Thanks, BB. My wife was born and reared in West Virginia (on the Ohio River) and Bishop Campbell of blessed memory was a family friend. I've passed this along to my wife's e-maill address with gratitude. Here's a story about Bishop Campbell who, by the way, sent me to seminary. On the day of his retirement at a diocesan convention -- it was during the peak popularity of the John Denver song and the state had made a line from the song as the its mantra on billboards at the border: "West Virginia. Almost Heaven." Well, somewhere near the end of BIshop Campbell's remarks that day he left no eye dry when he said he looked with faith toward that day when the Lord called him home. His words were something like this (I'm afraid I don't remember the exact words, so no quotation marks here): I can just see it now, that sign there near the Pearly Gates: "Heaven. Almost West Virginia." Thanks for bringing back the memory.Larry Smith+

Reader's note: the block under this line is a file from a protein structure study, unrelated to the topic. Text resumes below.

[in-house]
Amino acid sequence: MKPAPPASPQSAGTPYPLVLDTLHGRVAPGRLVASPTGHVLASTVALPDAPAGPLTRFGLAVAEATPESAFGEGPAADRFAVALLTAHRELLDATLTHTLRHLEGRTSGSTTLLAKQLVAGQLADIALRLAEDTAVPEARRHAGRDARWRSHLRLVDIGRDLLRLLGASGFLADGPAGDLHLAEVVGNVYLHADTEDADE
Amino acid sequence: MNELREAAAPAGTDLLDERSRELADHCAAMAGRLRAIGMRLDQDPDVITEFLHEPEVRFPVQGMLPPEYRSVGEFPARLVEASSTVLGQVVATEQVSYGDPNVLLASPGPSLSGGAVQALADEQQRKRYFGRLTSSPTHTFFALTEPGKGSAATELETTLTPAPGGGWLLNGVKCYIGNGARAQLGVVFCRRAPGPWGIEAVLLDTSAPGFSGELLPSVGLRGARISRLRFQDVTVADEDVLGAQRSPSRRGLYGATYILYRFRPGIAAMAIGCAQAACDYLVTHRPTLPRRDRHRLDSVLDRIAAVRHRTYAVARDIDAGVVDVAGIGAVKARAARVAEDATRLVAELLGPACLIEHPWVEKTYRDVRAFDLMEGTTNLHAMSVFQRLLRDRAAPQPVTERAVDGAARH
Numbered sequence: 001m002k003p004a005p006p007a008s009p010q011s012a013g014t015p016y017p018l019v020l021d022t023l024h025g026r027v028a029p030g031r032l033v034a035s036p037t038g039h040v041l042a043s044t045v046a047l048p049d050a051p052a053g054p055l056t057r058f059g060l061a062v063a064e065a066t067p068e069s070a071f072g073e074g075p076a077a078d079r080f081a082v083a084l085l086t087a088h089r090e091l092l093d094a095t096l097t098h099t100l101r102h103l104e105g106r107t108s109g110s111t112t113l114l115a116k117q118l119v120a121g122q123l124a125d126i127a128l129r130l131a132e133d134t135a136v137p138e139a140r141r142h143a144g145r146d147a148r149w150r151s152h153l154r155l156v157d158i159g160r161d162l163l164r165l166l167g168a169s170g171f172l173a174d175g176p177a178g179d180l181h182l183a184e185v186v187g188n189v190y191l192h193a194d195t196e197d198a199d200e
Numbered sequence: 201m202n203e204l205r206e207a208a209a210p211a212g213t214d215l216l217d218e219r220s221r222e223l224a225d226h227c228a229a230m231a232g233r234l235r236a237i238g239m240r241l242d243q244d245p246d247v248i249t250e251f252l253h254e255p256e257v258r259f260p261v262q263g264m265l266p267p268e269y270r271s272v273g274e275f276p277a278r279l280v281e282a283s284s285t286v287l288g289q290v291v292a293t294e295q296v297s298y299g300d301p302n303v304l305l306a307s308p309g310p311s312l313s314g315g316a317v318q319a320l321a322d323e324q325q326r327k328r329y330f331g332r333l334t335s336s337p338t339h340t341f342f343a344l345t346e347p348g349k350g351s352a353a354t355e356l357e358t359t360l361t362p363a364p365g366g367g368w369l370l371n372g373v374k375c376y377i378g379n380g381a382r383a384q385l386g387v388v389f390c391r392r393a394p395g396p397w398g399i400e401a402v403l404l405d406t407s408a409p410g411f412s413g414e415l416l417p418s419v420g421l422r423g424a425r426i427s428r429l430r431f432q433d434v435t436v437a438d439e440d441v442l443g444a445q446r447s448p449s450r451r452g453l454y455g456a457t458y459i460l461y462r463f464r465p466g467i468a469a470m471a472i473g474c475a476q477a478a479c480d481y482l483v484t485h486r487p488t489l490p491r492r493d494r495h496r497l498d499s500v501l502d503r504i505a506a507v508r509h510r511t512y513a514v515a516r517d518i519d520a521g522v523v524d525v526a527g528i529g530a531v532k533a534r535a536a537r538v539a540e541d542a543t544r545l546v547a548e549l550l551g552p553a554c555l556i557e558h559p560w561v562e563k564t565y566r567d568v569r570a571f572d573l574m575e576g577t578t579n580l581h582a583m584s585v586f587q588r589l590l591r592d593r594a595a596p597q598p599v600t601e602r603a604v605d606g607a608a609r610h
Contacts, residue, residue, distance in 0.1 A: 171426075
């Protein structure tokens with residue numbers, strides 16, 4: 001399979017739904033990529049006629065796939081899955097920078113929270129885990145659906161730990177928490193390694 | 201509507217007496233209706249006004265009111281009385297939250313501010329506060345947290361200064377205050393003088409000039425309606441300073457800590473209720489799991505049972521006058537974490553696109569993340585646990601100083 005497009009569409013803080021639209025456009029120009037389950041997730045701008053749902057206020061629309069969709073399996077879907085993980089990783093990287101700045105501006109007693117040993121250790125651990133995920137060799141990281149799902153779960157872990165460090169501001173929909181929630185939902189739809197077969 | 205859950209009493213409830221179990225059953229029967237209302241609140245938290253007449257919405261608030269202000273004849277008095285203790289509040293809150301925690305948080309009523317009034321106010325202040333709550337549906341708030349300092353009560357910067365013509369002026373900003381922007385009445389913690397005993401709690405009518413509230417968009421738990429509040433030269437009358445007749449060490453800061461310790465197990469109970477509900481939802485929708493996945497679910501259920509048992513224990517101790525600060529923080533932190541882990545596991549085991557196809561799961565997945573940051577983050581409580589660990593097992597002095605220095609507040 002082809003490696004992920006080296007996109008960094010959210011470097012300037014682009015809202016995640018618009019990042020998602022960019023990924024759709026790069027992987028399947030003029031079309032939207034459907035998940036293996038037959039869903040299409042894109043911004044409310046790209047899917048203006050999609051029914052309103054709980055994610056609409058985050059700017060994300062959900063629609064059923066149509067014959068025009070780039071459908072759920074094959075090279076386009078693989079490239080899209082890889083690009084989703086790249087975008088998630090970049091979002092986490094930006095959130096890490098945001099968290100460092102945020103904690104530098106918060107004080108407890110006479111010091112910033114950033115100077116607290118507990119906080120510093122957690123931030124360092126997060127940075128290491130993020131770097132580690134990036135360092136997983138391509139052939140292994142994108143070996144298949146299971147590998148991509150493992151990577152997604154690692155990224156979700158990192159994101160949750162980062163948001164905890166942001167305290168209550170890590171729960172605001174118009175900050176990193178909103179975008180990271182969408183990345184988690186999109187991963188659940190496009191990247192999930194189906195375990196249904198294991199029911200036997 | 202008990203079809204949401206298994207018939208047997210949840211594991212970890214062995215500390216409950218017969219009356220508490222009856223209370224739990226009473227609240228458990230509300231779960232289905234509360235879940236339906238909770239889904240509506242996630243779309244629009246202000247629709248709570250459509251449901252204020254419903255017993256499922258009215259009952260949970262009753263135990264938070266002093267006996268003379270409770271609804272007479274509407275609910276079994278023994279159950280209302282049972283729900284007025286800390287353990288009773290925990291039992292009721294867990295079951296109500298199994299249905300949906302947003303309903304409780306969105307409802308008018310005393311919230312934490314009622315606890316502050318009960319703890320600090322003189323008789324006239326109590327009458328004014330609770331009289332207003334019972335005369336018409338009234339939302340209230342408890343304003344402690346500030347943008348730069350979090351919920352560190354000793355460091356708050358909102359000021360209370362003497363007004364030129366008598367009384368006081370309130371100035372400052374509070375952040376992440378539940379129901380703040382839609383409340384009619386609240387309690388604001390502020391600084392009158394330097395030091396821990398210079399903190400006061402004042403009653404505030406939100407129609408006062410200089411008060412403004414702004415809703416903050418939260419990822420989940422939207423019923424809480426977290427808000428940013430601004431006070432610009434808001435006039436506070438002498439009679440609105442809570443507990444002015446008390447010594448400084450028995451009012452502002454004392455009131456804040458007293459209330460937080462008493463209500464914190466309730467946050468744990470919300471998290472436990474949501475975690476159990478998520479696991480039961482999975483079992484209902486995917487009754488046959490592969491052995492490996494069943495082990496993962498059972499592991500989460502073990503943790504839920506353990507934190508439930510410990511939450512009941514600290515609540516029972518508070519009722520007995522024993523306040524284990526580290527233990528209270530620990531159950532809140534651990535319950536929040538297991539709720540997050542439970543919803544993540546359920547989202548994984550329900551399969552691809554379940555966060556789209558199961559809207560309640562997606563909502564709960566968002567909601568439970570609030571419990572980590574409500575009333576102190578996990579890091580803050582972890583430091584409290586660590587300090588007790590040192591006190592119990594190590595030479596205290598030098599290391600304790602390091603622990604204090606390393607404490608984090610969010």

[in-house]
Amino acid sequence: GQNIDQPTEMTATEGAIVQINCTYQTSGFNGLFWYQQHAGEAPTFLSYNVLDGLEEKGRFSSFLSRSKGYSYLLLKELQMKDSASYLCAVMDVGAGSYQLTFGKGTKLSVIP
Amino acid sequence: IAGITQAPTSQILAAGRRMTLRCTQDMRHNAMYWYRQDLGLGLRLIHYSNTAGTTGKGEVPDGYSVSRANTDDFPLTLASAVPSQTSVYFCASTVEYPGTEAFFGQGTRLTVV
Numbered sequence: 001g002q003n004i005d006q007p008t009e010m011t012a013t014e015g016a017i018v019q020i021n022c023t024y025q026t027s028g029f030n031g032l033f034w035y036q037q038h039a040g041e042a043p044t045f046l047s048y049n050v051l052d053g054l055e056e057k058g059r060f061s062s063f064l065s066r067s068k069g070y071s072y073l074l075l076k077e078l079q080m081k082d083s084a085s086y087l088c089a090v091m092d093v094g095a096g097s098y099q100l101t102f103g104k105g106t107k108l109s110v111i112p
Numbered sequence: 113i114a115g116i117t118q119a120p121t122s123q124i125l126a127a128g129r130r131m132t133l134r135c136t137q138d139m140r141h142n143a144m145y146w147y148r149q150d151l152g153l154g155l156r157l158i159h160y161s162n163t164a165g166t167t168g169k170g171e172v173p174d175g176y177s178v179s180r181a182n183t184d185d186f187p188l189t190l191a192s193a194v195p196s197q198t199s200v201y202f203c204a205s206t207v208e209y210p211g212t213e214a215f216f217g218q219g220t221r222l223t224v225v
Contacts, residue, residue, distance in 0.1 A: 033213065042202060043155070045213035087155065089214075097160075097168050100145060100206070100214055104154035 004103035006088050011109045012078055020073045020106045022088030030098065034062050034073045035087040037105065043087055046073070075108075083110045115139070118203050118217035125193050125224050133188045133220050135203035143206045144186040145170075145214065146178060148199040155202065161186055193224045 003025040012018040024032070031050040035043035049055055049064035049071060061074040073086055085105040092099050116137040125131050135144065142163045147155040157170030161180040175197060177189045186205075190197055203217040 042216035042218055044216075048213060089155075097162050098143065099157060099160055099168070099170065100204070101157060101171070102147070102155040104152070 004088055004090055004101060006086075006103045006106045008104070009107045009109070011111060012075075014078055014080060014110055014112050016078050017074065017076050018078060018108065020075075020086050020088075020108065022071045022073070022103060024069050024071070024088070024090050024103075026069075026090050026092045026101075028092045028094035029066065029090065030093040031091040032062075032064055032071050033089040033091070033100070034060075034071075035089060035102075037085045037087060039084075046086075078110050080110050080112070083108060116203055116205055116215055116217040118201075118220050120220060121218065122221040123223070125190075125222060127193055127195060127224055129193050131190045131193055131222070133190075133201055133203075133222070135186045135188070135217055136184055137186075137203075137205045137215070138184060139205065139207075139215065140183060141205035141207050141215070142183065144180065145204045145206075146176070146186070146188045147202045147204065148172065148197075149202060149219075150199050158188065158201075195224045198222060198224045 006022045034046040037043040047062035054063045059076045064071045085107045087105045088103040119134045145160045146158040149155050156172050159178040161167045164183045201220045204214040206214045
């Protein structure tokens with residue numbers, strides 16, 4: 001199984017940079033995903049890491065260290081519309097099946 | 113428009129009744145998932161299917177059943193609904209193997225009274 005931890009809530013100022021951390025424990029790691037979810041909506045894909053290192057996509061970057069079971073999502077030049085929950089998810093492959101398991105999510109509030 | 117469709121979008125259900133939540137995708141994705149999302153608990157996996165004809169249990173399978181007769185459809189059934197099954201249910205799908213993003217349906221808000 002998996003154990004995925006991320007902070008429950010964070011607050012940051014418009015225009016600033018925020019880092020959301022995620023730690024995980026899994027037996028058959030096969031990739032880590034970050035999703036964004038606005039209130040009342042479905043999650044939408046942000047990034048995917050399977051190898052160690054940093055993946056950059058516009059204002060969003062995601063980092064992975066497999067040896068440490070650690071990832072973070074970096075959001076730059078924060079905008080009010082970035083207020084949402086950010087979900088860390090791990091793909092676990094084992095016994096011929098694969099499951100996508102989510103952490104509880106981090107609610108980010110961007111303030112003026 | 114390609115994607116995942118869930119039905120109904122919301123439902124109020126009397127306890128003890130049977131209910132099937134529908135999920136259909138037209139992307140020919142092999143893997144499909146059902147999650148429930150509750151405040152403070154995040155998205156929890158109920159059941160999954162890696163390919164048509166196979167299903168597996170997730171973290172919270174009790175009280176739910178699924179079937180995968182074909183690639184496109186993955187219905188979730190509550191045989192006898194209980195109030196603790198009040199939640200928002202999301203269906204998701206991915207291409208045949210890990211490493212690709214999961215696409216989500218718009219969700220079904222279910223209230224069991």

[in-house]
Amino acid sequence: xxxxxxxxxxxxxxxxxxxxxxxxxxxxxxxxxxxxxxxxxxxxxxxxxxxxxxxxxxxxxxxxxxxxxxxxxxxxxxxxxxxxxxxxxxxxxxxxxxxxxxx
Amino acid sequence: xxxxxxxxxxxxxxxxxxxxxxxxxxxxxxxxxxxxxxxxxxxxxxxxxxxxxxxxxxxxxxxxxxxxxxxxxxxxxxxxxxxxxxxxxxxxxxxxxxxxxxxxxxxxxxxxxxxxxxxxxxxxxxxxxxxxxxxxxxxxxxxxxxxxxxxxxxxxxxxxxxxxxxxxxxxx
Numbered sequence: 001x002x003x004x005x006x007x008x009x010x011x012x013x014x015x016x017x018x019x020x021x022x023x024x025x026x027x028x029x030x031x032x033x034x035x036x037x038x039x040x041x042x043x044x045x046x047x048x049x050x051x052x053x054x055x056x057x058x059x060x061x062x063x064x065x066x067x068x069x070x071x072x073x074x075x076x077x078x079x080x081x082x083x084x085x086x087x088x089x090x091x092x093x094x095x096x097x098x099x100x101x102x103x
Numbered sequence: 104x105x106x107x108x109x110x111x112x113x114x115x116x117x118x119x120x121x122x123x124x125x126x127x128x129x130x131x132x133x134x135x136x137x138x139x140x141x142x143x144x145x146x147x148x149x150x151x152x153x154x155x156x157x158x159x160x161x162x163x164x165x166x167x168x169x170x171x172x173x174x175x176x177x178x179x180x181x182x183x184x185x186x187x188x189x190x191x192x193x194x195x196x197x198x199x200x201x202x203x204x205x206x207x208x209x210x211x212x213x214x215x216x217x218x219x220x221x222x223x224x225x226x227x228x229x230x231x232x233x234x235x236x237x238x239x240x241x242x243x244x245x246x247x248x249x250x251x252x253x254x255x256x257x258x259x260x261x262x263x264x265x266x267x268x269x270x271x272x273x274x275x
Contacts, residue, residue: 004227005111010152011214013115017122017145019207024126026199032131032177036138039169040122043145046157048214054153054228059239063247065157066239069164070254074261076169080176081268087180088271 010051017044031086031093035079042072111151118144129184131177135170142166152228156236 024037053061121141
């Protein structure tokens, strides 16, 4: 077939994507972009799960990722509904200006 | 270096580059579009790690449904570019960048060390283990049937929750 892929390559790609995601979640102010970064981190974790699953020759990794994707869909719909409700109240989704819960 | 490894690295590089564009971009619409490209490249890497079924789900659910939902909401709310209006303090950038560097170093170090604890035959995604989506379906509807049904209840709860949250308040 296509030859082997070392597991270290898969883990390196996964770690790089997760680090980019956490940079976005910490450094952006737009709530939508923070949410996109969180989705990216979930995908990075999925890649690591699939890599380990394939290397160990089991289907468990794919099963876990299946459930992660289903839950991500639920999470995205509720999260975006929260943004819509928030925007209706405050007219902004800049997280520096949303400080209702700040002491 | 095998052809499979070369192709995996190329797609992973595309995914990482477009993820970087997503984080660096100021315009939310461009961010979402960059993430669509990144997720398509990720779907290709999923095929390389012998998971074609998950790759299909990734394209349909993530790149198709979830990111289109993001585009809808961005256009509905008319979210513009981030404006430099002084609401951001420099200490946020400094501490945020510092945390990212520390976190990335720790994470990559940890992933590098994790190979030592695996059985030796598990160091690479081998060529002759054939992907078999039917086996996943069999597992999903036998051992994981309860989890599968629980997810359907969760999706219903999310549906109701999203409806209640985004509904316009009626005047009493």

S'wonderful, BB. But are you sure that's John Denver?
John Denver was the composer but that is not him singing this particular arrangement. :)bb
I always thought that the Blue Ridge Mountain and Shenandoah River references indicated that this was about west Virginia, not West Virginia. I know those geographic features touch both states (at least the River does). Of course, for those of us of traditional bent, the wayward western counties withdrew precipitously at a time of passionate bad feelings fanned by hotheads on both sides of the issue. When things cool off a bit, the Commonwealth will once again find its natural borders on the far shore of the Ohio River. Scout
Oh Scout, that makes me chuckle! :)bb
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